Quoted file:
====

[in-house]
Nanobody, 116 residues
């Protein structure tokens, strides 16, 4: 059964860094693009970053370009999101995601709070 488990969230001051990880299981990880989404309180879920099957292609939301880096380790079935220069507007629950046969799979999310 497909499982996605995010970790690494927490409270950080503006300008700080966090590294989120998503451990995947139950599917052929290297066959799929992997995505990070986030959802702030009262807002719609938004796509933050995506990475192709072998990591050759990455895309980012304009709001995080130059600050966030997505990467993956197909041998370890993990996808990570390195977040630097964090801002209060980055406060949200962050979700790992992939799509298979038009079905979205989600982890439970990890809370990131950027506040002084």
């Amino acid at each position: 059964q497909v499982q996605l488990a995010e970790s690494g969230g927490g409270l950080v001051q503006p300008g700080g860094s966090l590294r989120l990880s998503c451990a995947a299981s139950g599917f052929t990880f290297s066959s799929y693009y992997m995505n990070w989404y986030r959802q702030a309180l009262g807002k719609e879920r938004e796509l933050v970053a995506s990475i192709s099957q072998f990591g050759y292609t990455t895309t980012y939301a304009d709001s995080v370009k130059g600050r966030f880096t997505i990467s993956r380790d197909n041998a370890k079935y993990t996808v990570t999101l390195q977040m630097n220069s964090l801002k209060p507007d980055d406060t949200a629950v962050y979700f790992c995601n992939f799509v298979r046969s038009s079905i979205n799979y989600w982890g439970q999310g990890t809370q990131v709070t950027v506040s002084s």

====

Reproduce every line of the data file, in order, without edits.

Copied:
[in-house]
Nanobody, 116 residues
């Protein structure tokens, strides 16, 4: 059964860094693009970053370009999101995601709070 488990969230001051990880299981990880989404309180879920099957292609939301880096380790079935220069507007629950046969799979999310 497909499982996605995010970790690494927490409270950080503006300008700080966090590294989120998503451990995947139950599917052929290297066959799929992997995505990070986030959802702030009262807002719609938004796509933050995506990475192709072998990591050759990455895309980012304009709001995080130059600050966030997505990467993956197909041998370890993990996808990570390195977040630097964090801002209060980055406060949200962050979700790992992939799509298979038009079905979205989600982890439970990890809370990131950027506040002084």
């Amino acid at each position: 059964q497909v499982q996605l488990a995010e970790s690494g969230g927490g409270l950080v001051q503006p300008g700080g860094s966090l590294r989120l990880s998503c451990a995947a299981s139950g599917f052929t990880f290297s066959s799929y693009y992997m995505n990070w989404y986030r959802q702030a309180l009262g807002k719609e879920r938004e796509l933050v970053a995506s990475i192709s099957q072998f990591g050759y292609t990455t895309t980012y939301a304009d709001s995080v370009k130059g600050r966030f880096t997505i990467s993956r380790d197909n041998a370890k079935y993990t996808v990570t999101l390195q977040m630097n220069s964090l801002k209060p507007d980055d406060t949200a629950v962050y979700f790992c995601n992939f799509v298979r046969s038009s079905i979205n799979y989600w982890g439970q999310g990890t809370q990131v709070t950027v506040s002084s």